The Hawaiian Language consists
of 13 letters: a, e, i, o, u, h, k, l, m, n, p, w & ‘okina.
The ‘okina is that little backwards comma you see before the "o" in front of the word " ‘okina ." In English it's
called a glottal stop, and produces a break in the sound when
speaking. It can appear at the beginning of a word or sandwiched in
between two vowels. It is never placed next to a consonant. In
Hawaiian, it is actually considered a letter because it takes up a space
in the succession of a word, and the presence or absence of it can
dramatically change the meaning of a word. Here are some
ole = eyetooth; fang
‘ole = not, without, lacking; zero,
As in the name "Kalaniana‘ole", which
many of you here in Hawai‘i know as a street that you don't want
to get stuck on during traffic hour. But actually it is
named after one of the last Princes of the Hawaiian Kingdom.
His name means "the immeasurable heavens". If you
pronounce it without the necessary ‘okina, then you're calling
him an immeasurable tooth. How royal is that?
pio = captive, prisoner, victim, prey;
pi‘o = arch; bent, arched, curved; to arch,
of a rainbow
As in the name "Kapi‘olani". Many of
you just know it as a hospital here in Honolulu, but it was actually the
name of one of our Queens. Her name means "the heavenly arch."
It was a sign of her position, as arches and rainbows were associated with
royalty. Whenever anyone pronounces her name without the ‘okina, they
are calling her a heavenly prisoner... shame!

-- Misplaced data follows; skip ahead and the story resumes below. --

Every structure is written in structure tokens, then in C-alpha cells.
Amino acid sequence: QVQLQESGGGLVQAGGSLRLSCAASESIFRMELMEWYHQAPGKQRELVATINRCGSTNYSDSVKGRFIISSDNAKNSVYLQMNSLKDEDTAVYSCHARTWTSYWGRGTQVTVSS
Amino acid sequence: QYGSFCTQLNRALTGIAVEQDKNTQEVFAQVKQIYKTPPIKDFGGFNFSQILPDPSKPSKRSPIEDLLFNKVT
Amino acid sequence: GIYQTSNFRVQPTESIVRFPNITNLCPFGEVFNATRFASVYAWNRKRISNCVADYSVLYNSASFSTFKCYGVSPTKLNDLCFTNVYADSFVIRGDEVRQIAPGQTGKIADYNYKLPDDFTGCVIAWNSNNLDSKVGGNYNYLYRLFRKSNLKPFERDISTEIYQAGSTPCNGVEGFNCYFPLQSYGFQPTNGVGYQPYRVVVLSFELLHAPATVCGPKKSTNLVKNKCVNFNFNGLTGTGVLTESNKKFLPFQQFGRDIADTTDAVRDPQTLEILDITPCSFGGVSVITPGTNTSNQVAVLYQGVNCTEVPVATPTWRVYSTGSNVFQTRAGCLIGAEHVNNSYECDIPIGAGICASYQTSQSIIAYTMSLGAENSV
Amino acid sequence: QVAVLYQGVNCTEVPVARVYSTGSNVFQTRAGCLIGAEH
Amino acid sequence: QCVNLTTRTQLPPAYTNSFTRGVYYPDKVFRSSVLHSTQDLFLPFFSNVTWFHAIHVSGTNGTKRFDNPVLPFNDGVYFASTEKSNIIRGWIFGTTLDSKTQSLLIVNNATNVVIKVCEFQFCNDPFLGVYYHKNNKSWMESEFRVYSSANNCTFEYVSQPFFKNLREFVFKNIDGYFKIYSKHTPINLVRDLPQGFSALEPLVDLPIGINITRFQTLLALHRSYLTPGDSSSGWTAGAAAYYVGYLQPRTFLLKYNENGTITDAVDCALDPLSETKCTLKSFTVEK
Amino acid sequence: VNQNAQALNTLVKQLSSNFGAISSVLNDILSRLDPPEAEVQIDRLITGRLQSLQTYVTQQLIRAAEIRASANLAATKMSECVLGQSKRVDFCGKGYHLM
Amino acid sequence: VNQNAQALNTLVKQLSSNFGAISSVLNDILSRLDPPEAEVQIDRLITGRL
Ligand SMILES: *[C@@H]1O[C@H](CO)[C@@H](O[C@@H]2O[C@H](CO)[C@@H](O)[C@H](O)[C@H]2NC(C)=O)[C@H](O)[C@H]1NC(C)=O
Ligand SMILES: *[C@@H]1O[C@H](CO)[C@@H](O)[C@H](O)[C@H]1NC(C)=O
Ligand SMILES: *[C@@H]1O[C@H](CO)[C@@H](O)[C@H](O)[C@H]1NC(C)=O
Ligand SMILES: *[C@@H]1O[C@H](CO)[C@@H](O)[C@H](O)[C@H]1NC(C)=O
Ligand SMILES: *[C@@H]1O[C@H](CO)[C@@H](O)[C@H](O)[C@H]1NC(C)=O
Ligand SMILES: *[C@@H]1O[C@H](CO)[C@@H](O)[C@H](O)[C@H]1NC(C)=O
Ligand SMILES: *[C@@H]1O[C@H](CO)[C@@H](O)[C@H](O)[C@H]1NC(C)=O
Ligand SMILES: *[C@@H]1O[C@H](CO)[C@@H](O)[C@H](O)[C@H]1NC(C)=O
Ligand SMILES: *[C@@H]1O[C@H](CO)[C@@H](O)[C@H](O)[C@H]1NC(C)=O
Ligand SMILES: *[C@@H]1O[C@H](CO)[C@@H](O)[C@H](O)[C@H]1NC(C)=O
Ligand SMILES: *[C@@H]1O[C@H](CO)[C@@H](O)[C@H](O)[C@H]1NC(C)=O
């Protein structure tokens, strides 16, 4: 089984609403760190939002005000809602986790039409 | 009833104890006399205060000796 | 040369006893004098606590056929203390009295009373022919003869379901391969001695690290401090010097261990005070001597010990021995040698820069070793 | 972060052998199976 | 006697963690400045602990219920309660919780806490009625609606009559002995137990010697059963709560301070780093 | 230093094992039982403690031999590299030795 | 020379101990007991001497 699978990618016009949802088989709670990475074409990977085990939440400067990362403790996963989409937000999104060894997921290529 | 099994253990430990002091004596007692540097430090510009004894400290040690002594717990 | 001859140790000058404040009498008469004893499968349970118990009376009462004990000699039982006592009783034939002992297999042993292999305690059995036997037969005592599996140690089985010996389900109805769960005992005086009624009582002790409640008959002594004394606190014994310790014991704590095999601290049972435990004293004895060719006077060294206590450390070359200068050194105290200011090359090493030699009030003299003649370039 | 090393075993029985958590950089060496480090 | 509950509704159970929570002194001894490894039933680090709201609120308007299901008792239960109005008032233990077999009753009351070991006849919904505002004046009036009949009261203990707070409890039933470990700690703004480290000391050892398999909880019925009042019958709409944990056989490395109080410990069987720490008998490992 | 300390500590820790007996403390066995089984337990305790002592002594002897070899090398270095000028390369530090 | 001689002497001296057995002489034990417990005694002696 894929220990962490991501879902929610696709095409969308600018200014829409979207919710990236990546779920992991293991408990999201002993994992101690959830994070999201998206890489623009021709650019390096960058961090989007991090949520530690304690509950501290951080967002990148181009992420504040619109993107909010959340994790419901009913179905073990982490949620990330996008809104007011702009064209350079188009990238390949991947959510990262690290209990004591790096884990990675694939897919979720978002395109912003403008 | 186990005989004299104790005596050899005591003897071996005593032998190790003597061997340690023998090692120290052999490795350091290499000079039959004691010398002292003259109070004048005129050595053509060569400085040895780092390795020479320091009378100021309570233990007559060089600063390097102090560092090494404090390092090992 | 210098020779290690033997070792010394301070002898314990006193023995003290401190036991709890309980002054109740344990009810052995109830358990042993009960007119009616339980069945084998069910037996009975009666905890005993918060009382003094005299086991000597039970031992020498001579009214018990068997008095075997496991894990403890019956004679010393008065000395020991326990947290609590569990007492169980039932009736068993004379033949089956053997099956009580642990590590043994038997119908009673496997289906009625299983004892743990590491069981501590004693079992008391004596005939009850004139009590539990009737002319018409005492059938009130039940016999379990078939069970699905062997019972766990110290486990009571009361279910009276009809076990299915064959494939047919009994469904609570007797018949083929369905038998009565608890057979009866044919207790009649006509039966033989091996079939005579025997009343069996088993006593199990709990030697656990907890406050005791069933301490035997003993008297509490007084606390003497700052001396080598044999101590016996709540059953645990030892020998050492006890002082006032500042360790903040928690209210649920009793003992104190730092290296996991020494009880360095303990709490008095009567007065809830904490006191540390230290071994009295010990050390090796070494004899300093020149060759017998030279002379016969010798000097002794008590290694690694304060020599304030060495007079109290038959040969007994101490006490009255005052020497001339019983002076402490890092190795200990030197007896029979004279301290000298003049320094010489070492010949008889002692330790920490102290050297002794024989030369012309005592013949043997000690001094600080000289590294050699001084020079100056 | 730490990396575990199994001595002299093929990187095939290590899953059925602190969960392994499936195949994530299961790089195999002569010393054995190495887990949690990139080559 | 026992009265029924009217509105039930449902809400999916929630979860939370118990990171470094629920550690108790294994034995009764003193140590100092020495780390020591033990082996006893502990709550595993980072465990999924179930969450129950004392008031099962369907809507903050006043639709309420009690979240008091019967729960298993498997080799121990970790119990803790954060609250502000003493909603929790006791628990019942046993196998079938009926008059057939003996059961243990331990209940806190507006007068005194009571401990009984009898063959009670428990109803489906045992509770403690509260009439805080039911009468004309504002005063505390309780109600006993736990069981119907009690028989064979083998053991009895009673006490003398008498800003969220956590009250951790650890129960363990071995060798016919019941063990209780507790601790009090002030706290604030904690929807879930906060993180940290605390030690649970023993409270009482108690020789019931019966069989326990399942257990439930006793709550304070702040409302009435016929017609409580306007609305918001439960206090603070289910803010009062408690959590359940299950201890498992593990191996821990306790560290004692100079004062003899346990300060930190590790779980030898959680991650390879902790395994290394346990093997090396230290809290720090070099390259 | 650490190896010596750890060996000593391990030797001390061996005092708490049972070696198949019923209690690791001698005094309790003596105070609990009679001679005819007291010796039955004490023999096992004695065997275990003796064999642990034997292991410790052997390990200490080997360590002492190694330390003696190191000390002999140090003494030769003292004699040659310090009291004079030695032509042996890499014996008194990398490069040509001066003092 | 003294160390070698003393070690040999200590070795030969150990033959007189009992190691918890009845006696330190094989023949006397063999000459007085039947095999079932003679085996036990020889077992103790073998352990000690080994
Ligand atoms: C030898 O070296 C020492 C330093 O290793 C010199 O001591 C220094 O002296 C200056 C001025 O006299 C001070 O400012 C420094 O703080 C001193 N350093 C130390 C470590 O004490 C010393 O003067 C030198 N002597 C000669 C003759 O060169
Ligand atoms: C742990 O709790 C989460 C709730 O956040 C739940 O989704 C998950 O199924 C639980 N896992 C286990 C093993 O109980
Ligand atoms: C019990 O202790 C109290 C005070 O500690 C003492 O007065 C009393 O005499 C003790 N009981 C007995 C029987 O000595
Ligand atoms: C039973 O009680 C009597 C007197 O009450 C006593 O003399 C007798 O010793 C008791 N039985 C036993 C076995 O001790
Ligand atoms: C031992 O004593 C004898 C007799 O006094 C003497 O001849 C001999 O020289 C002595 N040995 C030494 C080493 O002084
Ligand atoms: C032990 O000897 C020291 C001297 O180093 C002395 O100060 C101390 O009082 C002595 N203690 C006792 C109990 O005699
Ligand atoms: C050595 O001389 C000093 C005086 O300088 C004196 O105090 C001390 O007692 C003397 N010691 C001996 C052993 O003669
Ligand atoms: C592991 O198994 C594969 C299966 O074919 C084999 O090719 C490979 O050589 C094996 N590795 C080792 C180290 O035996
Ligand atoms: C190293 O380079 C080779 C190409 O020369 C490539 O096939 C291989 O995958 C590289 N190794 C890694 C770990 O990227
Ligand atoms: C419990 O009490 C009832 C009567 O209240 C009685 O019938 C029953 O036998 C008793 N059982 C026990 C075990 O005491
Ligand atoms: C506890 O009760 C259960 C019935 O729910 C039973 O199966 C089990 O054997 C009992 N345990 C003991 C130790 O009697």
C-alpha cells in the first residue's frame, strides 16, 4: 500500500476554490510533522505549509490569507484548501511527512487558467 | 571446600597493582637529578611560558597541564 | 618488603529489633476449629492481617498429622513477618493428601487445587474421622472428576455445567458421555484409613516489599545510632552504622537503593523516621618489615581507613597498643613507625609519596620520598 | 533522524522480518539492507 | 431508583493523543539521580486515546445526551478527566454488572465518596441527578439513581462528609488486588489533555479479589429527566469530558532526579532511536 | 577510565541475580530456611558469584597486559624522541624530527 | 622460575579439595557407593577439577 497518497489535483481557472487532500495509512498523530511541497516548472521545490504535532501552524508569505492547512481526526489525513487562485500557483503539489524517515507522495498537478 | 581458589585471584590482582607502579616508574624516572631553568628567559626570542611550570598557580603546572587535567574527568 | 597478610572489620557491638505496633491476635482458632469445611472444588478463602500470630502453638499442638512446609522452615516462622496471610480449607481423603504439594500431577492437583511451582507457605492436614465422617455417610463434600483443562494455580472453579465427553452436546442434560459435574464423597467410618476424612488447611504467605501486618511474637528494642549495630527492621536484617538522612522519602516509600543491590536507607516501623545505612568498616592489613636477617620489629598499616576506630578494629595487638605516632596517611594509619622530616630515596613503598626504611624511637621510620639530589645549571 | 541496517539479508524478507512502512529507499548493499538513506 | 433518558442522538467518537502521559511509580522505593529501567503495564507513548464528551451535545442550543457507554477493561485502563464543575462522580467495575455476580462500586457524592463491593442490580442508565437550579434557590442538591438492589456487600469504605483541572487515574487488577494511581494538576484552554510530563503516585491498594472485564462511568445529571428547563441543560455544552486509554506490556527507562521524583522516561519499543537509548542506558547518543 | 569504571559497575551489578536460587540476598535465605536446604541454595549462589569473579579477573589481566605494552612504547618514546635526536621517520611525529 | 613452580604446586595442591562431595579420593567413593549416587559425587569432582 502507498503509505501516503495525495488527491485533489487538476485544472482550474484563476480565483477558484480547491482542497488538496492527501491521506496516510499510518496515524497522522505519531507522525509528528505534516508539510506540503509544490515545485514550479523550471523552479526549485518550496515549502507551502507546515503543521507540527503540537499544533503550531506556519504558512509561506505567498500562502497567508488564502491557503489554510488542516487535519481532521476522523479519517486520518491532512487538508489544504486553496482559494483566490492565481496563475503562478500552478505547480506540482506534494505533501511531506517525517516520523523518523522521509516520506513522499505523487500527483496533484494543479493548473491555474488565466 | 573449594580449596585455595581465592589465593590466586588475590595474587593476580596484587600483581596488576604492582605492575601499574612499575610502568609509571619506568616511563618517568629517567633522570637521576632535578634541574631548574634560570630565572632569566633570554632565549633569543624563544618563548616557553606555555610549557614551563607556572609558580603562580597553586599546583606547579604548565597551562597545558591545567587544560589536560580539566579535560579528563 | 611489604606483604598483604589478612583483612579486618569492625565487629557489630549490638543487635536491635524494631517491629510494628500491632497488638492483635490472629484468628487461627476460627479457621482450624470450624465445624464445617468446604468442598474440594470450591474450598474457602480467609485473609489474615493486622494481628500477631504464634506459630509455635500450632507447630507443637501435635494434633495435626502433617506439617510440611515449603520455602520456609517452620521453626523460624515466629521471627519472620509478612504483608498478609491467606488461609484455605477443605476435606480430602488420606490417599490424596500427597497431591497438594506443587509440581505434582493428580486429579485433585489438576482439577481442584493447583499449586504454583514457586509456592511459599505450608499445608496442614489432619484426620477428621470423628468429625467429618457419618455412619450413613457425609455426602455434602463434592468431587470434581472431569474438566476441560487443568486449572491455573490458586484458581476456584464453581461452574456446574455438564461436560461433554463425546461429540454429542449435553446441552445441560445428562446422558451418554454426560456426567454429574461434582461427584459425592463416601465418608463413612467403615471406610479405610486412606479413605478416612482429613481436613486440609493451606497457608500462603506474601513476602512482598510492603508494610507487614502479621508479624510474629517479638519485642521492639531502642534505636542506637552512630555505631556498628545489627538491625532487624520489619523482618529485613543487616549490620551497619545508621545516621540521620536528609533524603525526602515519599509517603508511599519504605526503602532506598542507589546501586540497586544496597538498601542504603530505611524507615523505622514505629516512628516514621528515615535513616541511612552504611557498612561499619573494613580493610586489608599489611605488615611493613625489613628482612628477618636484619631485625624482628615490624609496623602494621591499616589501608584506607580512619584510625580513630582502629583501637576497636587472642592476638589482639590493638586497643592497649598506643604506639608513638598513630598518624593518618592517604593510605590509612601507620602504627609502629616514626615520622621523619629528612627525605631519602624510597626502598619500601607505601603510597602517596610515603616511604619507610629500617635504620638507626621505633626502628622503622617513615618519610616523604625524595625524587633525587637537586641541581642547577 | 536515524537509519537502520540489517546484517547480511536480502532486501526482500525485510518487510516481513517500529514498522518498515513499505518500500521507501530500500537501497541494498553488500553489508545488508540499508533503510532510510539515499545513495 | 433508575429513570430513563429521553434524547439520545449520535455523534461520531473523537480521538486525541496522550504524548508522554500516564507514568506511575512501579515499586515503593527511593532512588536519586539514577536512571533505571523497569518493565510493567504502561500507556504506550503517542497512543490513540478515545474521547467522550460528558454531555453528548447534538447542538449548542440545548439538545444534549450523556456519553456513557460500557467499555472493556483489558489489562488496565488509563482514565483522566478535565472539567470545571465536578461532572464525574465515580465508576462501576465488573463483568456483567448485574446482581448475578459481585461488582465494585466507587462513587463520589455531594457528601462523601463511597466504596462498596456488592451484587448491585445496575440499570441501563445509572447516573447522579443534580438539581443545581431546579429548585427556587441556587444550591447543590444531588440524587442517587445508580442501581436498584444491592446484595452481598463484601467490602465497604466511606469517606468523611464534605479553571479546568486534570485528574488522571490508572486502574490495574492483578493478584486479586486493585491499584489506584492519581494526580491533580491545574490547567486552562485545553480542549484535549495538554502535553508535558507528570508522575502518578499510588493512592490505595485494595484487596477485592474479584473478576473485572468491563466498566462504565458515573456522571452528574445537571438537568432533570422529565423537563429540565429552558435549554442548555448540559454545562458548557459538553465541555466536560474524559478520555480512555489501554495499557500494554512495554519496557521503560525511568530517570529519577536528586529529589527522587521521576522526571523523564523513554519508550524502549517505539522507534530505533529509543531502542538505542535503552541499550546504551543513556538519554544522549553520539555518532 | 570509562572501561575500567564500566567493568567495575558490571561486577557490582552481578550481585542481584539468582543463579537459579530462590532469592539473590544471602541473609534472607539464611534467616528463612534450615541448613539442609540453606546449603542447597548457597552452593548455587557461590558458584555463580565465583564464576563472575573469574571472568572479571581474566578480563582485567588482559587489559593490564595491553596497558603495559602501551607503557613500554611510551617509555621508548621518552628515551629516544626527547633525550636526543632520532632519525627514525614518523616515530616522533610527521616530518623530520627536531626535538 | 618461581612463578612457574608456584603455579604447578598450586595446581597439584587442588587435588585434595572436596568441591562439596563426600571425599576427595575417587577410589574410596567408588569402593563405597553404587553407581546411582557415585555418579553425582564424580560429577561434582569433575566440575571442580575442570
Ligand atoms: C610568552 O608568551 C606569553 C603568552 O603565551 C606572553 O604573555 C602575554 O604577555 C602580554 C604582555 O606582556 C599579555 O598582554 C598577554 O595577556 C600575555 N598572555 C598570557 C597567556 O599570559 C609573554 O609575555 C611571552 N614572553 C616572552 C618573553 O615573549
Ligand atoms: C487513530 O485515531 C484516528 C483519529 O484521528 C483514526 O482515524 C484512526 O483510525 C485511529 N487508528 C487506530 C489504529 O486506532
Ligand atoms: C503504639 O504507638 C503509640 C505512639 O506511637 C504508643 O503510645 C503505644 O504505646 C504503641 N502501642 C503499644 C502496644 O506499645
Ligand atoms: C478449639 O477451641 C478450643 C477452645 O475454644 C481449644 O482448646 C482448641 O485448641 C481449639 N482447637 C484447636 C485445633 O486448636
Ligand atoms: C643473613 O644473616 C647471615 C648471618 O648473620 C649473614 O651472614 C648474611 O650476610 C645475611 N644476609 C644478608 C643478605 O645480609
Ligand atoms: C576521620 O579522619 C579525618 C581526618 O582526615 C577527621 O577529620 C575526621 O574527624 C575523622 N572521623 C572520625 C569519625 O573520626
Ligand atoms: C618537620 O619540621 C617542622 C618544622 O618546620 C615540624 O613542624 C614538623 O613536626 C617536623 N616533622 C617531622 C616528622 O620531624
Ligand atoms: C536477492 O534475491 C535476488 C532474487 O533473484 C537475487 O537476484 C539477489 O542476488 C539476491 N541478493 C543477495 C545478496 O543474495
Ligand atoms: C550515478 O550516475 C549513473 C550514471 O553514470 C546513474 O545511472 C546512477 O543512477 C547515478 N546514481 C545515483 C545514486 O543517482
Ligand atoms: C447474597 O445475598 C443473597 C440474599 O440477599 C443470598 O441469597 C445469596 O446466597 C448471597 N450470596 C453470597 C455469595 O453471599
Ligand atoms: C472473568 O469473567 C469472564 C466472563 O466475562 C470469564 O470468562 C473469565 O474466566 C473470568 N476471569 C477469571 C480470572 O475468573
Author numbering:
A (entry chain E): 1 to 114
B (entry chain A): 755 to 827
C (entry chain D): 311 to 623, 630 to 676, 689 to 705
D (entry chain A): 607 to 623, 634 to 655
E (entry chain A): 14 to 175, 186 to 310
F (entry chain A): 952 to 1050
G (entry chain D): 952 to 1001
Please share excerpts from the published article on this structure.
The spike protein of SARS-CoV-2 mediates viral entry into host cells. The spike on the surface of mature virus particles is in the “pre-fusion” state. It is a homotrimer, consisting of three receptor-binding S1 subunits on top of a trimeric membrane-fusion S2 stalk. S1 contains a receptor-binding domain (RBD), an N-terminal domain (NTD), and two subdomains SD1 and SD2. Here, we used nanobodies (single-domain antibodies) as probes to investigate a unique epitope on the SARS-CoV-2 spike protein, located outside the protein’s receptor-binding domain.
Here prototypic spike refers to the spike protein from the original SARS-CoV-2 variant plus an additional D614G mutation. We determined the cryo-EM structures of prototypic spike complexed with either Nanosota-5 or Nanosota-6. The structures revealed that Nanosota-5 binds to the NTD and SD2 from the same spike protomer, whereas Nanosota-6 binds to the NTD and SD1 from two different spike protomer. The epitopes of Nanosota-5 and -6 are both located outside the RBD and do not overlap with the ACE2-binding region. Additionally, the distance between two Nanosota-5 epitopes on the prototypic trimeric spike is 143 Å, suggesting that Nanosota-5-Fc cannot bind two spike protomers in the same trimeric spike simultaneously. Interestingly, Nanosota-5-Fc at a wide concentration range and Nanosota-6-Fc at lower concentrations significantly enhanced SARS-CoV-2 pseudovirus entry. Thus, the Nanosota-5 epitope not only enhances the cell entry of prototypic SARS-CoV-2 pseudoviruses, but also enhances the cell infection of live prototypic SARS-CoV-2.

ulu = to grow
‘ulu = breadfruit
You know I just had to use this one as an
example! I can't even begin to say how many times I've introduced
myself or been introduced as "Ulu" and people say, "oh, breadfruit!"
Nope. Sorry. I'm not a breadfruit. People like me don't
grow on trees...
you can imagine, having only 13 letters in an alphabet would mean that
these examples are just a few out of literally thousands of words
that differ just by the placement of one, tiny little mark. That's
why I've decided that information on the Hawaiian Language was important
enough to dedicate a page on my site to. I try my best to always
pronounce Hawaiian words correctly, and hopefully now you will all
There is another grammatical
mark in the Hawaiian Language called a "kahakö." It is
written as a straight line over a vowel and is used to elongate the sound
of that vowel. Although it isn't considered as an actual letter, the
absence or presence of this can also change the meaning of a word.
But I won't go into that here because, frankly, I don't have the proper
fonts on my computer at the moment. :)
So that's it for your very,
very, very basic Hawaiian Language lesson. I hope you liked